Guerrilla Girls Take On Film Industry Sexism

From our billboard last year we were invited on a few conservative radio talk shows, which really surprised us,” says the Käthe Kollwitz of the Guerrilla Girls, an anonymous feminist arts agitation group. “But we learned something really interesting—the only thing ultra-conservatives hate more than feminism is the film industry! So they’re our new best friends!”

The Guerrilla Girls, a group of activists whose public appearances are marked by anonymity, gorilla masks, and a healthy intolerance for institutional sexism, are not the sort of “new best friends” one might imagine alongside Rush Limbaugh. Last year, to protest the generally horrifying state of affairs facing women in Hollywood, in association with the anonymous group of women in the film industry, Alice Locas, they designed and displayed a billboard featuring the “Anatomically Correct Oscar”—he’s white and male, “just like the guys who win!”

This year’s billboard, which was on display throughout March at the corner of Melrose and Highland in Los Angeles, featured the “Trent L’Ottscar,” honoring the fact that “even the US Senate is more progressive than Hollywood.” (Fourteen percent of the Senate is female, while four percent of last year’s one hundred top-grossing films were directed by women.)

“If you say, ‘Is Hollywood an old boys’ network?’ they’ll say, ‘Yeah, yeah, yeah—it’s all people and their cousins and their uncles and this and that,” says Kollwitz (all the Girls take the names of dead female artists; others include Frida Kahlo and Rosalind Franklin). “[And] even though they’ll admit that, they’ll still say there aren’t any good women film directors. . . . They still want to believe that the fields of culture are meritocracies above it all.”

The Guerrilla Girls commenced operations eighteen years ago, “when statistics in the art world were as bad as they are in the film world today.” Their earliest protests were aimed squarely at the art world, including 1989’s famous “Do women have to be naked to get into the Met Museum?” piece. Originally commissioned as a billboard by New York’s Public Art Fund (PAF), the project was later rejected. “The PAF said our design wasn’t clear enough,” explains the Girls’ website. Finally PAF rented space on the sides of New York buses (until the bus company deemed the image “too suggestive”). The piece—Ingre’s Odalisque with a gorilla head—was accompanied by a pair of uncomfortable statistics: “Less than five percent of the artists in the Modern Art sections are women, but eighty-five percent of the nudes are female.”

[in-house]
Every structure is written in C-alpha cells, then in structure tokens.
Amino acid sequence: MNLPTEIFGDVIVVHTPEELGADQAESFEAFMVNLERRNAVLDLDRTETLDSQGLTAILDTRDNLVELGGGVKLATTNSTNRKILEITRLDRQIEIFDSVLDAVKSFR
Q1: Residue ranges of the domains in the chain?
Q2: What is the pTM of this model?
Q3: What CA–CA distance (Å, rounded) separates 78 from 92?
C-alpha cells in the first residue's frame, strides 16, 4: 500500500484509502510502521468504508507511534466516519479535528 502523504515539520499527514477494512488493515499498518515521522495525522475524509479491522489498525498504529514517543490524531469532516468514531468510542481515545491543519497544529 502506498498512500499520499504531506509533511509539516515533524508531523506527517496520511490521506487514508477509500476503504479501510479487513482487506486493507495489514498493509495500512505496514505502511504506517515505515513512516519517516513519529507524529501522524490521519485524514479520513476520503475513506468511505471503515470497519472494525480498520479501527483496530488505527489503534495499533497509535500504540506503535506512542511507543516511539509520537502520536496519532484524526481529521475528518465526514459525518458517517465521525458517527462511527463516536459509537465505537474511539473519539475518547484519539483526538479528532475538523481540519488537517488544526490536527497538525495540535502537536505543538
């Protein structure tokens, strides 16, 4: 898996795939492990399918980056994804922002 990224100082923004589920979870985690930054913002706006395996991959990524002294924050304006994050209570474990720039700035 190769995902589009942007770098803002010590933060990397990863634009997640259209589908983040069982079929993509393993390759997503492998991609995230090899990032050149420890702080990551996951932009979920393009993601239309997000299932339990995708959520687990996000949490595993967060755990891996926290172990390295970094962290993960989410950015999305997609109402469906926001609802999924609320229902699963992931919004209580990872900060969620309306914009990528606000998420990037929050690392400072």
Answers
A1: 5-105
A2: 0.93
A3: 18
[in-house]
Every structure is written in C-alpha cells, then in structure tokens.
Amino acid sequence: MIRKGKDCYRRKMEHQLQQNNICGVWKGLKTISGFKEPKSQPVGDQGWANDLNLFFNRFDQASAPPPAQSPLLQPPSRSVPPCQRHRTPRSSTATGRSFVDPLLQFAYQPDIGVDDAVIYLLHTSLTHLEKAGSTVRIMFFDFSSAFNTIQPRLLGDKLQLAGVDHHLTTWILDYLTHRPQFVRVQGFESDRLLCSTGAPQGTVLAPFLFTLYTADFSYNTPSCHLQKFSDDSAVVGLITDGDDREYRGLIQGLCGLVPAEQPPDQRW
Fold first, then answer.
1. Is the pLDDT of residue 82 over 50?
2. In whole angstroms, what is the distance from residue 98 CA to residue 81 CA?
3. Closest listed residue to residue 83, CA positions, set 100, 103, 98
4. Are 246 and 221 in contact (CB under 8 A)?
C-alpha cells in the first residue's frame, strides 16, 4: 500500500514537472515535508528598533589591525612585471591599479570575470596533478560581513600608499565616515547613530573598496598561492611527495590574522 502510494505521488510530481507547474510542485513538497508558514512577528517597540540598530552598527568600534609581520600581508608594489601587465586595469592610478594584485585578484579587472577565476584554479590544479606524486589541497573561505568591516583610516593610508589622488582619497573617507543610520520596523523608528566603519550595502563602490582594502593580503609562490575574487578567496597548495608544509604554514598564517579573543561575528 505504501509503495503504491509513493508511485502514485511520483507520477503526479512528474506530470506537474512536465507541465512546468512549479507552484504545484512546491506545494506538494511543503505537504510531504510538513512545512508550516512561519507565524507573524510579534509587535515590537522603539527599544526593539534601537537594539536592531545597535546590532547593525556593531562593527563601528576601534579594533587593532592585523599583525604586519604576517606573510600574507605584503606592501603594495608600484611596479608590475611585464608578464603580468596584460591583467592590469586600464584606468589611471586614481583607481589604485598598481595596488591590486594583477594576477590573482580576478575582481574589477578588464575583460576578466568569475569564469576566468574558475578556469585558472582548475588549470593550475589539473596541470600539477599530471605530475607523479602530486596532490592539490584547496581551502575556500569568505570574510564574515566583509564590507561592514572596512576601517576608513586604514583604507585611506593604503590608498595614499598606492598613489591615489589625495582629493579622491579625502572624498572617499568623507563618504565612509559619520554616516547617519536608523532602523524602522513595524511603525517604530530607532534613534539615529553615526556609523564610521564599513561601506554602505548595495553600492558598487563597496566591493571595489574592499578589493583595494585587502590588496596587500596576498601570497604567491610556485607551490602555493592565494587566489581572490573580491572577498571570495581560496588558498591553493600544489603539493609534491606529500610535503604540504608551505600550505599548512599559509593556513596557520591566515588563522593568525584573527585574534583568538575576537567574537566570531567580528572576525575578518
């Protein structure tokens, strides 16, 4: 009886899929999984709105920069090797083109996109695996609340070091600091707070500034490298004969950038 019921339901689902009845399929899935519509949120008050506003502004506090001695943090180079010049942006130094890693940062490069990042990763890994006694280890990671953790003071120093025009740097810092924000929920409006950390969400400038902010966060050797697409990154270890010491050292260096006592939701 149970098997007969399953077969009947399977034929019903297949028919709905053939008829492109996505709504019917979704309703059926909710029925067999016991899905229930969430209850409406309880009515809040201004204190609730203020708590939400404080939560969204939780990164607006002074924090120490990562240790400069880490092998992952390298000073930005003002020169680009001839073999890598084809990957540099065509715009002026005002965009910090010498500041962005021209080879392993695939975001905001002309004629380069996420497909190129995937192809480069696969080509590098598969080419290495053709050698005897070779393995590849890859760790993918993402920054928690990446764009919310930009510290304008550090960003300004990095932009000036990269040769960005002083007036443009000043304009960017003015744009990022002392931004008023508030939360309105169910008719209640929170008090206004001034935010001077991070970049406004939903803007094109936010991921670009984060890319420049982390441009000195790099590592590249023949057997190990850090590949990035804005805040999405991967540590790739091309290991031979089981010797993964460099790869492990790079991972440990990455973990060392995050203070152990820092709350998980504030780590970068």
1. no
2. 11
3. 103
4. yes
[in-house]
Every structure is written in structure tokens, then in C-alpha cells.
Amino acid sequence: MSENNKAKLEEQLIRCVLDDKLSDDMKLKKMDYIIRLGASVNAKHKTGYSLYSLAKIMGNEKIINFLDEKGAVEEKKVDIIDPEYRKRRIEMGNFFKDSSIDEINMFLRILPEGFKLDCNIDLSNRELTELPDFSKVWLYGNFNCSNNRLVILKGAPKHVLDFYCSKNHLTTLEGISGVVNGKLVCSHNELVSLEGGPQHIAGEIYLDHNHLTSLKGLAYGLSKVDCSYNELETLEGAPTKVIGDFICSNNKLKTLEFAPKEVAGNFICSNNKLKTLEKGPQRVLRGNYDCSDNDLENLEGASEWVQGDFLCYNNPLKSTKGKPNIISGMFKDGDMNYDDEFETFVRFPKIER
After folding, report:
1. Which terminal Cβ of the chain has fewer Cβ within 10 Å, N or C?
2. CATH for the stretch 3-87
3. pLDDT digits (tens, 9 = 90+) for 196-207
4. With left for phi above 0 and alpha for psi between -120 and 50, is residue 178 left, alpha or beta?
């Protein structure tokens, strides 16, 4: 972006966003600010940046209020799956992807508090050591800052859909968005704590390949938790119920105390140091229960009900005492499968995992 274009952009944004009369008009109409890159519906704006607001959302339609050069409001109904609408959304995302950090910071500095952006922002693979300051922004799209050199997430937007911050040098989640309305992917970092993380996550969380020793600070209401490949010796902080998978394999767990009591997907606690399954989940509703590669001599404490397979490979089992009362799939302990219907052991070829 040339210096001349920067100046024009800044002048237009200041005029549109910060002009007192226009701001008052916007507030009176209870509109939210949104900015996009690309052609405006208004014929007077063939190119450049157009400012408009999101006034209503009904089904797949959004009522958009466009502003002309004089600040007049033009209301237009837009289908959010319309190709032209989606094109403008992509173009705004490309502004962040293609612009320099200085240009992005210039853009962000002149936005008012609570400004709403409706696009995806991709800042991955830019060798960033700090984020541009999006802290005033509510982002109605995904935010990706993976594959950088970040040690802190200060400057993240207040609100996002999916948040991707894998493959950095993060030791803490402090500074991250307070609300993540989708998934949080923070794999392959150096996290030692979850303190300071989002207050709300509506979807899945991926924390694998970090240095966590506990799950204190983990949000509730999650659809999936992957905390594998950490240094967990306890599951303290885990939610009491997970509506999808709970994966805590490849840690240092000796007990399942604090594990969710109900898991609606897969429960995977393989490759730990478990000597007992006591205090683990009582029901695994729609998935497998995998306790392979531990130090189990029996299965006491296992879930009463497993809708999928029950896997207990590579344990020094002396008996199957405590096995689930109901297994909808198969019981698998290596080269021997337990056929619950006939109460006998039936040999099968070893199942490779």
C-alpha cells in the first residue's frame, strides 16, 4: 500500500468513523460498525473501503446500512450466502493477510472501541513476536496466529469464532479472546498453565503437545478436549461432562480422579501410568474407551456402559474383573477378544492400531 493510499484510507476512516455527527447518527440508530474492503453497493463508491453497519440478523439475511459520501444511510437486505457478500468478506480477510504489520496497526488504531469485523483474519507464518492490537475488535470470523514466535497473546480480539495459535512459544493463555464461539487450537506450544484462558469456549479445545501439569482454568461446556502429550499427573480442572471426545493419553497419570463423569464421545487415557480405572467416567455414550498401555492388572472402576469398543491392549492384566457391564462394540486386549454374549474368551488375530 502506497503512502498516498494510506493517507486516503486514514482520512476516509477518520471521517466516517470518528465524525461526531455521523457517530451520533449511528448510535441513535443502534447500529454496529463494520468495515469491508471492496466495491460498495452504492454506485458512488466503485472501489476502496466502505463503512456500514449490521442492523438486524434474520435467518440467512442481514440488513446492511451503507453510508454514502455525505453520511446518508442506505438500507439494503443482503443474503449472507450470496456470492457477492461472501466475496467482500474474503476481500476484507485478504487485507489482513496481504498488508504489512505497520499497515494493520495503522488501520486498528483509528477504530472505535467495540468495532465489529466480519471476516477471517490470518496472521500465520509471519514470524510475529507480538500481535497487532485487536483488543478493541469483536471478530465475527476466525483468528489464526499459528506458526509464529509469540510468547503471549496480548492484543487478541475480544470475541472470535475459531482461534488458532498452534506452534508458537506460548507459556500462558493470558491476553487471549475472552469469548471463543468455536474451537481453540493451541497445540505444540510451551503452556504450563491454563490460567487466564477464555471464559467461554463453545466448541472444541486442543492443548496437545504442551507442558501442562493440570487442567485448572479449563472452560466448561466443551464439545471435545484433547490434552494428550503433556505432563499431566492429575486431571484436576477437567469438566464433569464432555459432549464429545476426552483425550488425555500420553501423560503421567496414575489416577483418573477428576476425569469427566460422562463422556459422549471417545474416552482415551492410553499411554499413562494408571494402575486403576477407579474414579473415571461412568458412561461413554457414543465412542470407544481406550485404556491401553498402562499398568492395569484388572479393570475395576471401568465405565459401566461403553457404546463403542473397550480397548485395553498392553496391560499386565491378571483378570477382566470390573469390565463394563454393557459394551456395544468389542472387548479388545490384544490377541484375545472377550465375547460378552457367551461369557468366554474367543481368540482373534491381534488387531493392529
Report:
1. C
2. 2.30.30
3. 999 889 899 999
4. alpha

“Over the years, people have said to us, ‘Are we quota queens?’” says Kollwitz. “And we’ve never complained about statistics that were even twenty, thirty percent. But when statistics are this low, something is at work.”

Beyond the Oscar protests (which included some covert work putting up Guerrilla Girls stickers in the bathrooms at the venue, the Kodak Theatre), 2003 will be a busy year for the Guerrillas. In addition to the Girls’ numerous appearances at colleges and universities, later this year Penguin will publish Bitches, Bimbos, and Ball-Breakers: the Guerrilla Girls Illustrated Guide to Female Stereotypes and The Guerrilla Girls Guide to New York City Museums, a comic book which will teach you how to go to museums “the Guerrilla Girls way,” which Kollwitz says includes “understanding why what you see on the walls is what you see. . . .

“I think there’s something about culture, there’s something about the stereotypes of who the creative geniuses are, that die really hard,” she says. “And culture’s just lagging behind the rest of society. . . . It’s just ridiculous that the film industry, which is supposed to be hip and edgy and cool, is so out-of-date.”

To learn more about the Guerrilla Girls, visit their website at

SAG and AFTRA Poised to Unite

by Charlie Sweitzer

Following months of talks, years of speculation, and a recent failed attempt, the Screen Actors Guild (SAG) and the American Federation of Television and Radio Artists (AFTRA) announced on February 8 their boards’ near-unanimous resolution to draft plans to merge the two unions, citing as their principle reasons “rapid industry and technological changes” and “the gross inefficiency of parallel operating structures.”

The “new” union will operate over three Affiliates: Actors, Broadcasters, and Recording Artists. In the boards’ report, they anticipate “that in the future, other organizations representing performers and media artists may be invited to consolidate and affiliate following the creation of [the new union].”

The two unions have a significant overlap between their memberships. Of the 150,000 total workers who currently belong to SAG and AFTRA, more than 40,000 belong to both—sixty percent of AFTRA’s members also belong to SAG, and forty percent of SAG’s members belong to AFTRA.